Uranium Mining Market in North America to 2020 - Higher Production Driven by New Projects, Improved Mining Methods and Price Increases
- Published: June 2012
- Region: North America, United States
This Tanzania Mining Report provides industry professionals and strategists, corporate analysts, mining associations, government departments and regulatory bodies with independent forecasts and competitive intelligence on Tanzania's mining industry.
Major reforms to the legislation covering Tanzania’s mining sector are expected in an amended Mining Act that should be tabled in parliament in April 2009, according to local newspaper The Guardian. A development that could have far-reaching implications for the country’s mining sector, the momentum for reform, has come from a presidential select committee on mining contracts that recommended in July 2008 that the government should own a 10% stake in all mining companies operating within the country.
The Guardian reported the main findings of the Mining Contract Review Committee as follows: Mining royalties on metals should be increased to 5%, from 3%, and tax relief on fuel imports for gold mines should be stopped. The royalties on rough diamonds and gemstones, such as tanzanite, should increase to 7%, from 5%, while that for cut and polished stones should rise to 3%, from zero. A fuel tax should also be levied on mining companies with the money to be spent on road building. Lastly, the committee also recommended that royalties from the mining sector should be calculated on gross value, not net back value. The Guardian also reported that the government had lost around US$200mn due to tax exemptions granted to foreign companies.
The 12-member presidential review committee, chaired by Judge Mark Bomani, began its assessment of Tanzania’s mining sector in November 2007. It has also proposed the establishment of a Minerals Authority charged with the responsibility of supervising all mining activities in the country. This new body would replace the current Mining Advisory Committee.
The National Assembly began discussing the Committee’s report in October 2008, according to Tanzania’s Guardian newspaper, The Parliamentary Committee on Mining quickly requested that the government stop selling its shares in mining companies, stating that no mine should be wholly foreignowned, and that government shares should be supervised by the State Mining Corporation (STAMICO). The publisher will monitor the situation closely as the amendments to the 1998 Mining Act are drafted and brought to the National Assembly. As with many other African countries, there is a case to be made for national governments to claim a greater share of mineral wealth to help with their development. At the same time, they must be careful not to negate existing contracts with in-country mine operators which are crucial to the country’s stated aims of boosting its mining industry over the medium term.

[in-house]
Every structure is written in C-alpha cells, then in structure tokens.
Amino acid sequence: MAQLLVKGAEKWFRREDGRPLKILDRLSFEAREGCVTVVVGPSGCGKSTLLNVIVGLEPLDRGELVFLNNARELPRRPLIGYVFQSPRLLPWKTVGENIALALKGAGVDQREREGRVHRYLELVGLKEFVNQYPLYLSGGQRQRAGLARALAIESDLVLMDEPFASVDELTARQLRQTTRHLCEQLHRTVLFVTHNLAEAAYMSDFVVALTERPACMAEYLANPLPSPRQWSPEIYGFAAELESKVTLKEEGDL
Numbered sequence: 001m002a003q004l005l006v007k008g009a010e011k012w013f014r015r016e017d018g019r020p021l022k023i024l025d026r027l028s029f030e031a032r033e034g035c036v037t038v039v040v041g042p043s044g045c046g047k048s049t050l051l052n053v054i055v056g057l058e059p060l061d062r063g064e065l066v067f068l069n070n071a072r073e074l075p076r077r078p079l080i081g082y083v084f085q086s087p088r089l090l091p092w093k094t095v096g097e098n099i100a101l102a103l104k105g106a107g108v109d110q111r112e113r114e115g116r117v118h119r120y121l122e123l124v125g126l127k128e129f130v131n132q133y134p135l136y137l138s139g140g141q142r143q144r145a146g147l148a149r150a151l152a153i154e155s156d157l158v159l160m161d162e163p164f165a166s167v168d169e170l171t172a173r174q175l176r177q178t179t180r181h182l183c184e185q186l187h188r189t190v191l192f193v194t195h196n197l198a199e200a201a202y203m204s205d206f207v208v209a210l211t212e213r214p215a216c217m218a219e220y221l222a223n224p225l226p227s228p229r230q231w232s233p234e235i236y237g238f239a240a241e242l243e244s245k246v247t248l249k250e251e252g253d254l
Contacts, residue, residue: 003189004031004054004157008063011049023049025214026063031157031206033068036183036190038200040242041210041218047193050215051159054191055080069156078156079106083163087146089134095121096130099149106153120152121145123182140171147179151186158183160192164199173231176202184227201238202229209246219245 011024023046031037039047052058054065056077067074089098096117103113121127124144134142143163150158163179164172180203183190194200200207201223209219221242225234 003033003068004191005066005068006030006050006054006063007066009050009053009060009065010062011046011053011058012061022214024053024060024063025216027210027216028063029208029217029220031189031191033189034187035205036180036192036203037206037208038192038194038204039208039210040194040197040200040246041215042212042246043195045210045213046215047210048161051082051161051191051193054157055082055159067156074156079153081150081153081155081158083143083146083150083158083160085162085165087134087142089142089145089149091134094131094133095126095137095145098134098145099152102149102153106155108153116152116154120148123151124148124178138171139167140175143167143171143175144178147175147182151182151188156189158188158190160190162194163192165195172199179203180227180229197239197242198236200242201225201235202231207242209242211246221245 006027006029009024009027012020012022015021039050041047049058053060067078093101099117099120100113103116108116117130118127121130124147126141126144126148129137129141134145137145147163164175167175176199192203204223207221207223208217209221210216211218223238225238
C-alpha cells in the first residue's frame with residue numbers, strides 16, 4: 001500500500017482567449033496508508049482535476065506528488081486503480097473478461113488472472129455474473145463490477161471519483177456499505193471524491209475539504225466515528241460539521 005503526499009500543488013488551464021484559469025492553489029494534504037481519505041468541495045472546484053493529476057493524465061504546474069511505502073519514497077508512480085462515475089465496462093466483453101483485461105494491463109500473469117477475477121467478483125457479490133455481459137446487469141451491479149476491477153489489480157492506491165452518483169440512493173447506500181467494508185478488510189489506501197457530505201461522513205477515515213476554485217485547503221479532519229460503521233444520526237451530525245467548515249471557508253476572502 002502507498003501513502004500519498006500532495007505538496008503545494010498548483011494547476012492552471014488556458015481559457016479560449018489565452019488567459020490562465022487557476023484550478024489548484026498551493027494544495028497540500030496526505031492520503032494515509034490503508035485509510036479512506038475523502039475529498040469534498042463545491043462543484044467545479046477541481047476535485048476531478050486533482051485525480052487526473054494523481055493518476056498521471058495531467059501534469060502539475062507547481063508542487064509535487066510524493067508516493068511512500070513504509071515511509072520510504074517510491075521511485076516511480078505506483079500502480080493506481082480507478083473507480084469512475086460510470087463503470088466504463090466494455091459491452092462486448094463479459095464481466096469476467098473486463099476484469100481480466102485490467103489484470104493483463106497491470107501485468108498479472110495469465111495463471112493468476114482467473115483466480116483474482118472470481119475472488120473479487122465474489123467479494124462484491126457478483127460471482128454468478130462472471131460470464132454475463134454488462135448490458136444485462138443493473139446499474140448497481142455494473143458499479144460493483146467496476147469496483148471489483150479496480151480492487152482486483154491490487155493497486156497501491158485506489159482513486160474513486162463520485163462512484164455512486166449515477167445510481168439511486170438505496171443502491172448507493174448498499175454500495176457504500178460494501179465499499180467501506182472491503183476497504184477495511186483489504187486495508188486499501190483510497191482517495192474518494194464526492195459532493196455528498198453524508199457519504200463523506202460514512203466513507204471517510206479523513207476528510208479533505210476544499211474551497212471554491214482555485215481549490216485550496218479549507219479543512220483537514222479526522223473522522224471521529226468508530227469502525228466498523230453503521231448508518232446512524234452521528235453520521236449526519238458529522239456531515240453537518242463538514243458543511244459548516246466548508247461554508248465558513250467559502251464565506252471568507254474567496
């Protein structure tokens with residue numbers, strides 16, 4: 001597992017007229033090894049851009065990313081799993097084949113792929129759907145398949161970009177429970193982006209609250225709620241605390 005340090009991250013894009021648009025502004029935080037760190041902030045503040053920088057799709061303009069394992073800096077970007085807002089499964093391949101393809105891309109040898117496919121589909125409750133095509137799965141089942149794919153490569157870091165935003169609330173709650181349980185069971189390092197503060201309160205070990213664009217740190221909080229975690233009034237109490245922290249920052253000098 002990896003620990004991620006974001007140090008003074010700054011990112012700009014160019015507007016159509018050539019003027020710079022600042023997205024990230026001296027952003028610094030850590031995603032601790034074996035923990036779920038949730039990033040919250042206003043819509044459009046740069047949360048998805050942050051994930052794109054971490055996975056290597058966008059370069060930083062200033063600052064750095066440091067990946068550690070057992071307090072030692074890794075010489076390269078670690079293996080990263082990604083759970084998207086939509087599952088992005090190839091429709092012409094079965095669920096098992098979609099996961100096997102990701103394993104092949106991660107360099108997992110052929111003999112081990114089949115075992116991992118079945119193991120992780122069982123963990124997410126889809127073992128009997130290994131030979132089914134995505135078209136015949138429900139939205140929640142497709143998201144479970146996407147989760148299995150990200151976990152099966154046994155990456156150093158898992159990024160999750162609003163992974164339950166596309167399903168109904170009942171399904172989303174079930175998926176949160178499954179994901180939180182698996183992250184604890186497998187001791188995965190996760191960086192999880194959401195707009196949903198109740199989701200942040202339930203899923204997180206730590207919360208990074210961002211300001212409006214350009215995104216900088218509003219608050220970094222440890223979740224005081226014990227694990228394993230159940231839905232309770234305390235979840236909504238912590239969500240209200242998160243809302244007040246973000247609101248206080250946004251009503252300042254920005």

The mining industry of Tanzania is relatively small in terms of value but its importance is highlighted by the fact that mining earns a substantially significant share of the export revenues for the country. At the present time, the mining sector contributes around 2.3% to annual GDP, but the government wishes to expand this to 10% by 2025.
Traditionally, gold and diamond production has been the mainstay of mining production for the country. The nation is the third largest gold producer in Africa behind South Africa and Ghana and ranks among the top producers of diamonds in the world. In recent times, another metal that is catching the spotlight is uranium – with a significant number of deposits being identified in Tanzania. Besides these, coloured gemstones are also mined extensively in the country.